What did you bring me to keep me from the gallows pole?

Jason's personification of his stammer, Hangman, is another element of his colorful imagination (Millennium Falcon, ghost boy on the lake, etc.).

The personification is sort of haunting. The Hangman makes cruel decisions on his own, has his own commandments, and comes and goes as he pleases. He's almost biblical... When he's temporarily defeated by Ms. de Roo, she beats it using her "white magic". He seems to come at the worst times, and recedes when Jason's with Ms. de Roo. It's like... he knows. All of this is almost comical from our perspective, but from Jason's perspective this really is a haunting figure due to both how dangerous the Hangman can be socially and also probably just how annoying it is to have to change words so often.

We talked in class about how it was hinted at that Jason can't full suppress the hangman. When he is excused by the teacher from doing his vocal presentation, a classmate disappointingly asks if Jason will be doing a presentation the next week. The guys are just waiting for him to slip up and really screw up (rather than a short pause) in public. Later we see the hangman strike again in math class, where Jason has to look stupid in order to not stammer (this again shows how important social status is and how damaging stammering would be). All of this contributes to a sort of looming impending doom that this social situation presents.

The hangman presents a problem that must be solved. What will Jason bring to keep him from the gallows pole? 

Also, an interesting fact... The Hangman comes from author David Mitchell's person experiences. "I try to cultivate a conviction which states this: "I may stammer on this word, yes, and I may look like I'm being strangled by an invisible man, but if that makes you uncomfortable, then that's 100% your problem and 0% mine."  

Wednesday, April 8, 2015


The character of Sylvie is unique among any of the characters we've encountered so far in the sense that she doesn't explore philosophical or coming of age concepts (like Holden, Esther, etc.) but rather embodies some of those concepts herself.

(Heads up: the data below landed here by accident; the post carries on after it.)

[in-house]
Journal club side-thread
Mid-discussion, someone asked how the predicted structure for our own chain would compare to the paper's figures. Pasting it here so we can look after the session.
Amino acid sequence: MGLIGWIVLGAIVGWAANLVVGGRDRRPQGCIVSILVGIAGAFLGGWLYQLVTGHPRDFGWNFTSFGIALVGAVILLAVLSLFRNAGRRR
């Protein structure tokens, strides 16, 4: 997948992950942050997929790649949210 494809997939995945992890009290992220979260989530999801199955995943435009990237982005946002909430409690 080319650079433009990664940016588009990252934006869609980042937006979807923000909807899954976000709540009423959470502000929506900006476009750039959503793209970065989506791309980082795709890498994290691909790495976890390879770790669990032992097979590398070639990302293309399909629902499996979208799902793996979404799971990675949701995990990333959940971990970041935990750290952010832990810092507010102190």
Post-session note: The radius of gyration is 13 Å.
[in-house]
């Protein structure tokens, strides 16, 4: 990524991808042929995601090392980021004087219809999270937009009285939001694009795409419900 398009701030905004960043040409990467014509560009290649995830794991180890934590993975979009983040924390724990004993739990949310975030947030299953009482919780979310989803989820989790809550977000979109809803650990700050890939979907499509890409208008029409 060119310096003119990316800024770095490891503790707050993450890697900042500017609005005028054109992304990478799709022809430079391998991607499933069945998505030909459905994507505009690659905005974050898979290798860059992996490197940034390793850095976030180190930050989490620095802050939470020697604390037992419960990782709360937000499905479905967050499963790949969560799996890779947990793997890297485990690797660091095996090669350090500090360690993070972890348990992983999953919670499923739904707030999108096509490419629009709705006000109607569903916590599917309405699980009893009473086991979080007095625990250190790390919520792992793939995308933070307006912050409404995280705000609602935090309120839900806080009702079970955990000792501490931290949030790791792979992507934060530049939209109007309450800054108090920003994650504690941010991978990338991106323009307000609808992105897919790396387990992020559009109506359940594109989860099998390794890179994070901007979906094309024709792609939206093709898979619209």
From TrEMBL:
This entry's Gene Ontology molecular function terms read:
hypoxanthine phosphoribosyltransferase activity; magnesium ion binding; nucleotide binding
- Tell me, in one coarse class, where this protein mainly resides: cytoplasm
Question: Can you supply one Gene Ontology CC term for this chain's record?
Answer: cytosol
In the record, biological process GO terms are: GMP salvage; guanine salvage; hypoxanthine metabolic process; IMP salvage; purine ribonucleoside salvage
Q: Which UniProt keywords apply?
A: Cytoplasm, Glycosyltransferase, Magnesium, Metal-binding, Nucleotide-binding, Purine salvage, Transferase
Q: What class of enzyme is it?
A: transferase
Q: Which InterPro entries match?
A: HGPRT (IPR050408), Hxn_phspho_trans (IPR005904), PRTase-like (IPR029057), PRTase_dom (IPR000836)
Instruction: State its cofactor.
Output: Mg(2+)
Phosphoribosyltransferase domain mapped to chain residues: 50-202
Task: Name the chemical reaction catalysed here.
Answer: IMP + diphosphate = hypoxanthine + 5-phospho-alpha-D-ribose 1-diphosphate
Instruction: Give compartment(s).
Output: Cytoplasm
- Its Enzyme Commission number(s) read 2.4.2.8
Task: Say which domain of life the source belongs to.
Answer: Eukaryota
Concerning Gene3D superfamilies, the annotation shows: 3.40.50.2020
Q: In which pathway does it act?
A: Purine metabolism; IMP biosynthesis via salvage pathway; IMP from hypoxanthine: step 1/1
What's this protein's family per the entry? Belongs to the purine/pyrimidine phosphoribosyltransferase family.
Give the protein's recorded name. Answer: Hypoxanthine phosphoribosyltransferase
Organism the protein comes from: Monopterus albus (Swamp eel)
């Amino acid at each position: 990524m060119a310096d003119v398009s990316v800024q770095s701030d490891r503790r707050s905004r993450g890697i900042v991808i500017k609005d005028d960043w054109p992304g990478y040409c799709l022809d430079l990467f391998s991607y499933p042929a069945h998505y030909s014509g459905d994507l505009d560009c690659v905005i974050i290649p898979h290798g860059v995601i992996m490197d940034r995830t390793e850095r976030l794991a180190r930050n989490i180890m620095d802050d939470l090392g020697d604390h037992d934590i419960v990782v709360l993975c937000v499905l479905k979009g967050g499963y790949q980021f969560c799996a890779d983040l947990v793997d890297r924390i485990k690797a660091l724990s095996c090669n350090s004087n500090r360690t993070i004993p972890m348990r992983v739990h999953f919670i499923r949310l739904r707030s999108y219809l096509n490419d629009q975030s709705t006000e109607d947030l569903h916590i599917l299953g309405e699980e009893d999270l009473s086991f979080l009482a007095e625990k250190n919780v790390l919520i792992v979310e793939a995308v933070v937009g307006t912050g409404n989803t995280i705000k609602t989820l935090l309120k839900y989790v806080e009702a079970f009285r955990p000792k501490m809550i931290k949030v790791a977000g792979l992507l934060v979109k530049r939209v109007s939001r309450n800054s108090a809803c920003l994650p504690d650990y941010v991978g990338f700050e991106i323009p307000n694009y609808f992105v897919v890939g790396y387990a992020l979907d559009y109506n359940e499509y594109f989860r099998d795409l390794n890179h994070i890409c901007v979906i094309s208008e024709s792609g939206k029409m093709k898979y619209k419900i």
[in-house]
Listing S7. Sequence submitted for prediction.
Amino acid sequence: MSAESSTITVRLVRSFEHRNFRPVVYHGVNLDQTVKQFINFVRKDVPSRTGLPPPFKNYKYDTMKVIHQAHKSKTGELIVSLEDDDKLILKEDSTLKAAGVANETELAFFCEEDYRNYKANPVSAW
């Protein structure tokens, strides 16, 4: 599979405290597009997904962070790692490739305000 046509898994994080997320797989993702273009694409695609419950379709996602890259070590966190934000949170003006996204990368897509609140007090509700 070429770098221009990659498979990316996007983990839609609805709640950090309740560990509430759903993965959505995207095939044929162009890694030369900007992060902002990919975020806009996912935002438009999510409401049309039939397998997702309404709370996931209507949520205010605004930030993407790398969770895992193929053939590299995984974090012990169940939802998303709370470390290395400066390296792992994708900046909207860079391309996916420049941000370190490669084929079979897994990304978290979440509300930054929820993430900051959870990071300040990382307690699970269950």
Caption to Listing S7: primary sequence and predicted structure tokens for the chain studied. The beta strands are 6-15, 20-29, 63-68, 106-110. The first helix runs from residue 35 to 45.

Chapter 8, when Ruth is put in the position to experience Sylvie's world, and the subsequent fallout of that night, forces us to address how we feel about Sylvie--a detached transient-- raising two children. In doing so, Housekeeping forces you to think about your views on the nature of transience in the context of a rather rigidly formed society.

The question of where these transients fit into society, especially into the role of raising kids, is more difficult the more you attack it. On one hand, if children are raised under a strict "Home Ec Teacher" discipline, could this way of life be damaging to those children who are naturally "transient"? And if children are raised under a Sylvie discipline, could this way of life be damaging to those children who will find greatest happiness in order and stability?

Housekeeping might make the case that such questions are irrelevant. Sylvie did, after all, grow to live a transient lifestyle after spending her whole childhood. And Lucille did, after all, escape from Sylvie to find a more stable life. In fact, the grandfather could be another example, running from his childhood stability Iowan homeland. Perhaps, if the nature of transience (or lack of transience) is a natural part of a person (as the novel seems to imply), it doesn't really matter who raises you.

However, someone pointed out in class (I think Coleman) that it's easy to have transient people in a heavily structured world (a world where most people are "stable" or whatever), but it's harder (or impossible) to have structure in a world where most people are transient, because society relies on a vast network of people subscribing to the same set of ideals and such, but transience doesn't. Maybe that's part of where most of our inner uncomfort comes from the idea of Sylvie raising children. But mostly, I think it's because wasps and leaves in the corner and moldy, dripping couches is just kind of gross.